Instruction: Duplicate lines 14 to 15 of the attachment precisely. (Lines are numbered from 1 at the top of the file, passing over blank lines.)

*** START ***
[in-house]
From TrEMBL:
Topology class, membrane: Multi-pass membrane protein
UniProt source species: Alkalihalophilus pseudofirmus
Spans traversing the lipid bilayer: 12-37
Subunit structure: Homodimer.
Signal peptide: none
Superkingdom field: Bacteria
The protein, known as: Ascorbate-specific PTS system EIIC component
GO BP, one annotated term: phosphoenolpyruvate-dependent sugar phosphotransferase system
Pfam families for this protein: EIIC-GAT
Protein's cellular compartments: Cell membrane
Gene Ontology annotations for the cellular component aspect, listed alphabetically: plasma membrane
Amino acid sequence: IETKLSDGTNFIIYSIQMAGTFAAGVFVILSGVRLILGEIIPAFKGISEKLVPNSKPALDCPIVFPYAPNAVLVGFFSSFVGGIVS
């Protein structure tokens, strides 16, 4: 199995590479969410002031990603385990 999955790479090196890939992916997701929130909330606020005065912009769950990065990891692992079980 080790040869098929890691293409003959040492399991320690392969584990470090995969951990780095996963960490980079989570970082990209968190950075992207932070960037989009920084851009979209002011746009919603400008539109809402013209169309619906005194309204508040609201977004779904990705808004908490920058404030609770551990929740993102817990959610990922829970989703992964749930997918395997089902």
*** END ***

Amino acid sequence: IETKLSDGTNFIIYSIQMAGTFAAGVFVILSGVRLILGEIIPAFKGISEKLVPNSKPALDCPIVFPYAPNAVLVGFFSSFVGGIVS
């Protein structure tokens, strides 16, 4: 199995590479969410002031990603385990 999955790479090196890939992916997701929130909330606020005065912009769950990065990891692992079980 080790040869098929890691293409003959040492399991320690392969584990470090995969951990780095996963960490980079989570970082990209968190950075992207932070960037989009920084851009979209002011746009919603400008539109809402013209169309619906005194309204508040609201977004779904990705808004908490920058404030609770551990929740993102817990959610990922829970989703992964749930997918395997089902």